Thursday, February 10, 2011

To the Least of These

I saw Shaggy this morning.  He's one of the four homeless men I pass regularly on my walk to the office in Boston whose name I've learned and who I've gotten to know a bit.  There's Michael, Jim, Shaggy, and Brother John.  I rarely carry cash so I don't often have any money for them, but I do stop and talk with them and try to give them what I can -- recognition and respect.  I've learned a lot from them about what it's like to live on the streets.

I've written previously ("Get A Job?  They've Got One Thanks.") about how frustrated I get when I hear people denegrate the poor, the jobless, the homeless by calling them "lazy," or "unmotivated," and telling them derisively to, "get a job."  I wrote,
"[W]hen I look through [the spiritual] lens I see people who remind me -- who remind us all -- that the world is far from fair. That those of us living comfortable lives do not represent the vast majority of people on the planet and that part of our comfort comes at the cost of their discomfort. They remind me that there is want and misery and pain and that, as Jesus himself is remembered as saying, "the poor shall always be with you." These people I pass each day put a human face on that proverb."
 Recently I've been reading about the life of St. Francis of Assisi, one of the great Christian saints.  He choose a life of extreme austerity, and made his living by begging for his daily food.  He made that the way of his Order.  Holy women and men in other traditions, as in the photo of Buddhist monks above, have also included this as part of their spiritual practice.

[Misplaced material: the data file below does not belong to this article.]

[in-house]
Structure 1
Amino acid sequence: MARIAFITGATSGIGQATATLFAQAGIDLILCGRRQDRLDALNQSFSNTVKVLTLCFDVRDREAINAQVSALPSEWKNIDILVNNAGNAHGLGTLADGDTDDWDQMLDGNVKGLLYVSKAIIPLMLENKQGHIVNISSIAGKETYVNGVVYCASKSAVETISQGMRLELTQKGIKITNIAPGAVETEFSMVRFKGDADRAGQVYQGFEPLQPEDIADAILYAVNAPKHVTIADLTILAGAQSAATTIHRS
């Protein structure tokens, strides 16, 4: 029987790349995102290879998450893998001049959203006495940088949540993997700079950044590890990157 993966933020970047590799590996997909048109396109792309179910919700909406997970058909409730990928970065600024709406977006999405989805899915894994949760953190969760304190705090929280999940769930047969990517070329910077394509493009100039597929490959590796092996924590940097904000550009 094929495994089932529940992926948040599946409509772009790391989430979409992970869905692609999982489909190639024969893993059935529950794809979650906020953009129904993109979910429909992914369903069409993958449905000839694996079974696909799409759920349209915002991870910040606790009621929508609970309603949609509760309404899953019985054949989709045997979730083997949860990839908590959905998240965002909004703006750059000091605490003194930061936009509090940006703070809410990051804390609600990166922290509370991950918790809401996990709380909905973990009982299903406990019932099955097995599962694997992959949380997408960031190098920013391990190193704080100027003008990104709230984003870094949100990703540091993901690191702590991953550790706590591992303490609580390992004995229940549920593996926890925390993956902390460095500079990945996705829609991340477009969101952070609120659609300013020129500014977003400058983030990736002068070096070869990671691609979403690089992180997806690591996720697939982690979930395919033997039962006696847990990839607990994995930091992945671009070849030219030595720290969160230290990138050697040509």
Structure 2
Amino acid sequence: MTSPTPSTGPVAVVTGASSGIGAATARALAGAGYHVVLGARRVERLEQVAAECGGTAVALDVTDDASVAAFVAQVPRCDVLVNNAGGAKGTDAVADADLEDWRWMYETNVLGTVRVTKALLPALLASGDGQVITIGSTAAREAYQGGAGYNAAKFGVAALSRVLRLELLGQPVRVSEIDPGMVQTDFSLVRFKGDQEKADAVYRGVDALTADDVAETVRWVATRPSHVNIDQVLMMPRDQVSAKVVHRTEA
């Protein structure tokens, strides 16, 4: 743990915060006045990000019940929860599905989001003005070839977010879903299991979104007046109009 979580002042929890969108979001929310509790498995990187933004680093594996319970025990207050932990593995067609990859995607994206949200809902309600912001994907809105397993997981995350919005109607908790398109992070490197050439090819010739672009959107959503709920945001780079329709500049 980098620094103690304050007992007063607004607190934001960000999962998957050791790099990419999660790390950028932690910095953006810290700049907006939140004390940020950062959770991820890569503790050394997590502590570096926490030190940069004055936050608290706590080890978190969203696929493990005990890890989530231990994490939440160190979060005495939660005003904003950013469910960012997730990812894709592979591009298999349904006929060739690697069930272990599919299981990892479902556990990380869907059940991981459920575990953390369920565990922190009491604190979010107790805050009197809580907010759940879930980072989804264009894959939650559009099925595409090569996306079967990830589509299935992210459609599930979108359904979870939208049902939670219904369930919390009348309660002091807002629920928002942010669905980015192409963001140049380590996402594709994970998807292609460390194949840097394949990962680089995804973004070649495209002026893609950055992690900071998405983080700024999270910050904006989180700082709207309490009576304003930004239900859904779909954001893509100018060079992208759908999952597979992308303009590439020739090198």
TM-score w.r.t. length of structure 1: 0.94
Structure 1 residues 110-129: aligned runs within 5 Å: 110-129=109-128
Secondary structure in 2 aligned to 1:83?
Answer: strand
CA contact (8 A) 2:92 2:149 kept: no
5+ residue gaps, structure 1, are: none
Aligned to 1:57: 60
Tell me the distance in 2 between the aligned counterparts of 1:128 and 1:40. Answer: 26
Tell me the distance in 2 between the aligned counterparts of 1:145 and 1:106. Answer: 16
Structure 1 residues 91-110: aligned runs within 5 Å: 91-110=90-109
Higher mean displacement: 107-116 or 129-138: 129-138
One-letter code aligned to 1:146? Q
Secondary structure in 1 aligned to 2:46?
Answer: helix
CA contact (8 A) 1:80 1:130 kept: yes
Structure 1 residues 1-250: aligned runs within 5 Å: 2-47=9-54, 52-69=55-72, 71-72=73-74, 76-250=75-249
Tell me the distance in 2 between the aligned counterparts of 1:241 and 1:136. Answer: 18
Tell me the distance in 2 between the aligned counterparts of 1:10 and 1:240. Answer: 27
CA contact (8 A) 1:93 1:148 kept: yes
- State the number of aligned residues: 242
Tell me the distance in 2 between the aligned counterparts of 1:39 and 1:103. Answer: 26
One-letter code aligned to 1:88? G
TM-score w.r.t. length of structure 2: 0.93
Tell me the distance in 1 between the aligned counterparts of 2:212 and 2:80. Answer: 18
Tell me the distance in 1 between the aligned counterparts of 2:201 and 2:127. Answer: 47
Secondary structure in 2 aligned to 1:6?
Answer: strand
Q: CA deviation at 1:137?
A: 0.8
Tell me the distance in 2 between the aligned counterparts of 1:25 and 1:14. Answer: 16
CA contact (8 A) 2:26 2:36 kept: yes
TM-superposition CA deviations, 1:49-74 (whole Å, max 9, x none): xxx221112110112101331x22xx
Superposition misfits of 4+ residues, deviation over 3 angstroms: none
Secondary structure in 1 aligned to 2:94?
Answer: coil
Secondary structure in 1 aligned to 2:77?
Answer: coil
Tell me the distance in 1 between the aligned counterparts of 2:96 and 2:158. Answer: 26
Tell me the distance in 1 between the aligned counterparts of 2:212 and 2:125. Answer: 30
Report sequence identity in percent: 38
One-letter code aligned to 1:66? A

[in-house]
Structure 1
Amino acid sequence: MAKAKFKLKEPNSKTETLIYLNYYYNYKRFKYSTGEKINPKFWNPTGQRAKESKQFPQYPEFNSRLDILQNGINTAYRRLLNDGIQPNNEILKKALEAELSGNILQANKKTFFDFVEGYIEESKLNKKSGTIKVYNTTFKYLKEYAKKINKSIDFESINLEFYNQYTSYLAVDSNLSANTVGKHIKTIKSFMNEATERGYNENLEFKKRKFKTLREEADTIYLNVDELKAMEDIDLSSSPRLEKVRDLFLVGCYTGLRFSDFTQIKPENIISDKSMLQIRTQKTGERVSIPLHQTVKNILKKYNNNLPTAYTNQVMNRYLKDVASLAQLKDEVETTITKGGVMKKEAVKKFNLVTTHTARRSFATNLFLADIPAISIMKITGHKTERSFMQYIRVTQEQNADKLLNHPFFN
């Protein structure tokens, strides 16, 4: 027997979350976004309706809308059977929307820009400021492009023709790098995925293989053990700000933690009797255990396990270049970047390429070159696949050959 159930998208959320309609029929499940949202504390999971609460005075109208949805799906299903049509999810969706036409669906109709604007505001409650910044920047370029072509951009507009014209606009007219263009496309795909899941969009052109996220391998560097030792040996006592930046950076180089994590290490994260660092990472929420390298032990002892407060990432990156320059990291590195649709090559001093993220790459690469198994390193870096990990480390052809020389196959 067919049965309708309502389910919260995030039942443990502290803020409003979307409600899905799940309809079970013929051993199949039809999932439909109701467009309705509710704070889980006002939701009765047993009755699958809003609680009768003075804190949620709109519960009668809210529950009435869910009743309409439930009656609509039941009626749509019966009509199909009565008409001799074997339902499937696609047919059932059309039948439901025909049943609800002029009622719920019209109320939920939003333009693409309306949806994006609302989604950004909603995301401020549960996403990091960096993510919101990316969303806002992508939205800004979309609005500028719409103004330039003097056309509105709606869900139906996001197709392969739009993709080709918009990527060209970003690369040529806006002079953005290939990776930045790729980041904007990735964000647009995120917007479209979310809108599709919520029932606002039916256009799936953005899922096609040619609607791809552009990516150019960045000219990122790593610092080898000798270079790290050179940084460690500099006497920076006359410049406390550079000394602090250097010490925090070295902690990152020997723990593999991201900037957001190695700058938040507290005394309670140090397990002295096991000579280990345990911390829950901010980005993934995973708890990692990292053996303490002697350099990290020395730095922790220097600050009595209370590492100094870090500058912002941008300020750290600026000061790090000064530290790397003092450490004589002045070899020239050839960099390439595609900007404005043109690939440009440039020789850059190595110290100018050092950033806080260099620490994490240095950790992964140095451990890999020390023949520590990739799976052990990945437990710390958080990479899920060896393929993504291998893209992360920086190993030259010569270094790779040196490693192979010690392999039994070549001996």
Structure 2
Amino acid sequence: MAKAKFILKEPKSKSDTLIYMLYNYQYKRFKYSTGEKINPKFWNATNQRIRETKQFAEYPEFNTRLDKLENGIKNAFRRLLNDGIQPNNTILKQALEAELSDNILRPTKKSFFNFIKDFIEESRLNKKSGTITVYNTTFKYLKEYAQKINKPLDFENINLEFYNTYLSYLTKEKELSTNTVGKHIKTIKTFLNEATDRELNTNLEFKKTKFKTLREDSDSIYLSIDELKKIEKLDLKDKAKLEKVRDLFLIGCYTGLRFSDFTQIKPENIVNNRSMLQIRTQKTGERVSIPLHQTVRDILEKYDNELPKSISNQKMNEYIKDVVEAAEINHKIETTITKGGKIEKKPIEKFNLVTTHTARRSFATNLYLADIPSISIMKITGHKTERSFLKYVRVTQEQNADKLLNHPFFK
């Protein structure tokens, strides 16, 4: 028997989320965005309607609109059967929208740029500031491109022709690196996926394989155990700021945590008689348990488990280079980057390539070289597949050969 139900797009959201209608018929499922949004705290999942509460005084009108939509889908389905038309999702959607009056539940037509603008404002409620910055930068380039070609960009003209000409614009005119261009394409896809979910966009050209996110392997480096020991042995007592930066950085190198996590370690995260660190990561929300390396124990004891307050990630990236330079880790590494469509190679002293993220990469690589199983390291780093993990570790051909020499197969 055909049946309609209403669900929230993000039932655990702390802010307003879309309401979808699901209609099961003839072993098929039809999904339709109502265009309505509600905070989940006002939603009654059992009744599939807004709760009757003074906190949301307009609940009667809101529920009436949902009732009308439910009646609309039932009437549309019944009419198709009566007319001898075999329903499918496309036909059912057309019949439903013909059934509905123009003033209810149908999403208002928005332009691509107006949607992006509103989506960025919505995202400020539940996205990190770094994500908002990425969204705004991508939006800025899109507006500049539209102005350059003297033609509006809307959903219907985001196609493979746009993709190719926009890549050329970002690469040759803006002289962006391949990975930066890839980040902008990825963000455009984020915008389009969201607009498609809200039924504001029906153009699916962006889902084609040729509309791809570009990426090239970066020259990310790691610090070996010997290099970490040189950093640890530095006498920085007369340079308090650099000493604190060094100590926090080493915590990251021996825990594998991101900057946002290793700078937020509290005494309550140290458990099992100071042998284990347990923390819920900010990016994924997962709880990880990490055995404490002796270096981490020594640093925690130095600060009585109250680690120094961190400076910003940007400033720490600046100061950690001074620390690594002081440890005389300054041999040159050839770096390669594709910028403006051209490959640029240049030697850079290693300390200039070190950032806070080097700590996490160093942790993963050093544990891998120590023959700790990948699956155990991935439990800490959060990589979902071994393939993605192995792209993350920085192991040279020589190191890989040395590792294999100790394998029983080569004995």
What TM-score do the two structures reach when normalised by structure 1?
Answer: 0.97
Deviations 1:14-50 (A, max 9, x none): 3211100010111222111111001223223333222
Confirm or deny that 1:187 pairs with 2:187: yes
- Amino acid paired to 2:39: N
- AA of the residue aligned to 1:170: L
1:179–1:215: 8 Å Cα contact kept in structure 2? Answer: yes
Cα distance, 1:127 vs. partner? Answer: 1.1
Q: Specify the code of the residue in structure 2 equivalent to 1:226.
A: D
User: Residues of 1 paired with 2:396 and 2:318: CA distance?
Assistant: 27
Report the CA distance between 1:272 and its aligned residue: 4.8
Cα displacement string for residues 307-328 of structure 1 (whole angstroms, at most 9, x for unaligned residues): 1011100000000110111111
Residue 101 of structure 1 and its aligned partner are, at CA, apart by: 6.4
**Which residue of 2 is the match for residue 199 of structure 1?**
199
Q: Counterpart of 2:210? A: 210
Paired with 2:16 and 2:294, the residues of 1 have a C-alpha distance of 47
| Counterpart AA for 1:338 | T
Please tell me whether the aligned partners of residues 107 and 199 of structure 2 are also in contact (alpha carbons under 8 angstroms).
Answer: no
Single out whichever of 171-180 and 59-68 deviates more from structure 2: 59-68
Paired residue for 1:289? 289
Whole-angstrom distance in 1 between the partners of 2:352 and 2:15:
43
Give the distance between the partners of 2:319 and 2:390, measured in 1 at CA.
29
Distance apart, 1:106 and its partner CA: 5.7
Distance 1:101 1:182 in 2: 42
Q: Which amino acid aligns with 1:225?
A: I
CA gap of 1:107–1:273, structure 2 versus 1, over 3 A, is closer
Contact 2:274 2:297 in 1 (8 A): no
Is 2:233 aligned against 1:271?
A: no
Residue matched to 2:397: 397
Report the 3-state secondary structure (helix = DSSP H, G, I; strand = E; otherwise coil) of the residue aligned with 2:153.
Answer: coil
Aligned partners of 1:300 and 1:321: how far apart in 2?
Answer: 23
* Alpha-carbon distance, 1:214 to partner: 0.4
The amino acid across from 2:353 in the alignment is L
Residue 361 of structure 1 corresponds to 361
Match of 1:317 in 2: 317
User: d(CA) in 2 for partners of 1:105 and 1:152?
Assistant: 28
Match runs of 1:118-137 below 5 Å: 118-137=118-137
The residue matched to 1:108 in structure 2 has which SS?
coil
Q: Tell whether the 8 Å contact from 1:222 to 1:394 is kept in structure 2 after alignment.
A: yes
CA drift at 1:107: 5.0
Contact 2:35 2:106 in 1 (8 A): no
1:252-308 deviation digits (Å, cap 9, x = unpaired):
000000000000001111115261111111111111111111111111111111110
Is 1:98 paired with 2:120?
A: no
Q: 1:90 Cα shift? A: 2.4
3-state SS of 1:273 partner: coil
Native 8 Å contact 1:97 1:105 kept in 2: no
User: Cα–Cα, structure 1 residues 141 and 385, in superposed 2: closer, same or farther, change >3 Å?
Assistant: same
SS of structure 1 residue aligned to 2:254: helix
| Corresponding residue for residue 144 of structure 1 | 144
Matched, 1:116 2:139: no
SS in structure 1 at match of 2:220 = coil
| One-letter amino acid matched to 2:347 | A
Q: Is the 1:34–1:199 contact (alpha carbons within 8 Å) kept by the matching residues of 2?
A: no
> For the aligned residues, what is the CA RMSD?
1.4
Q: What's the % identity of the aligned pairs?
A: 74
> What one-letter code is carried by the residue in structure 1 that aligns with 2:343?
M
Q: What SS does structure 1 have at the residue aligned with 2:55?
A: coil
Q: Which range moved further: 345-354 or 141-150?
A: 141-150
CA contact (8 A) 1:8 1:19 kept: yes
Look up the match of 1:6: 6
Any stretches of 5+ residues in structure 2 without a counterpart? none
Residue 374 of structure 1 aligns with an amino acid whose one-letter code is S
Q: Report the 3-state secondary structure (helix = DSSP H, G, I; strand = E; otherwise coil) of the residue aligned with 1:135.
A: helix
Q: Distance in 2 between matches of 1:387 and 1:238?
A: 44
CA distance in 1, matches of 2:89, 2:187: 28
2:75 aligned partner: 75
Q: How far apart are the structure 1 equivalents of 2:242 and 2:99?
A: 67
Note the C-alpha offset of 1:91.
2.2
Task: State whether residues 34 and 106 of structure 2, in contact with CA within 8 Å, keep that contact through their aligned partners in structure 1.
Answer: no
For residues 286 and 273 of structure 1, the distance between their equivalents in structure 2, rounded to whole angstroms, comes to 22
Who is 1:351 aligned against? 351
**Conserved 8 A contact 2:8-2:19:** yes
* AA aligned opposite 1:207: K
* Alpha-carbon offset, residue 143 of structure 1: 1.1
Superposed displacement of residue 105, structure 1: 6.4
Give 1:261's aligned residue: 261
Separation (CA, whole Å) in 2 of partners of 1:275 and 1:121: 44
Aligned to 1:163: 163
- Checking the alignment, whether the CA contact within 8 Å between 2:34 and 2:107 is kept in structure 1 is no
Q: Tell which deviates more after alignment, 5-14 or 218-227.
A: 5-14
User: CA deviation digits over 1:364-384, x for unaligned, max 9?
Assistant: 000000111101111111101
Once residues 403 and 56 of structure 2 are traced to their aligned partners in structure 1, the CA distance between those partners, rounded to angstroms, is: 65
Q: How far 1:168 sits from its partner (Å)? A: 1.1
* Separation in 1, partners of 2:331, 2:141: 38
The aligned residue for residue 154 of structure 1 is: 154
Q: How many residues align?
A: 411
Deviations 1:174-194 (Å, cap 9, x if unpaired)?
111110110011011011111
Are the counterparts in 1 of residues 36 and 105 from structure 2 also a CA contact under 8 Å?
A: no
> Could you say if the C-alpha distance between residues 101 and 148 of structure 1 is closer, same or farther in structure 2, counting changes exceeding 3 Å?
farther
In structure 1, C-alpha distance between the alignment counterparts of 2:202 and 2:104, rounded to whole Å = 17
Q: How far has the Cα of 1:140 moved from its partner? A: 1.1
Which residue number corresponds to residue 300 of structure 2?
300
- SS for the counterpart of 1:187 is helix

I understand that the intentional adoption of begging as a spiritual practice has two primary foci -- for the person who begs, it is a practice of humility and of trust.  I remind myself that I am not the be-all and end-all of things, and allow myself to be taken care of by others -- be at their mercy, in fact.  I remind myself that without the care of others I am nothing.  "We need one another" means, put in terms we hardly ever use in our culture, that I need you.

And for the person who gives, there is the benefit of allowing for the experience of generosity and freedom.  I could be afraid that whatever I give away is less that I will have for myself and, so, be tied to my possessions.  But when I give to one who begs I remind myself of my own innate freedom and allow my inherent generosity to blosson.

This seems so clear.  So obvious.  So beautiful, really.  Why, then, the disdain heaped upon those like my friends Shaggy, Michael, Jim, and Brother John?  It's not a new phenomena of our modern society, if that's what you're thinking.  As I said, I've been reading the biography of St. Francis, and he and his brothers were ridiculed and reviled because of their choice to become beggars.  They were considered madmen, and worse.  (In some of the stories the men say that it's because of the scorn that would be heaped upon them that they embraced such a life, but that's another story.)  Tomorrow I'll explore a possible explanation.

In Gassho,

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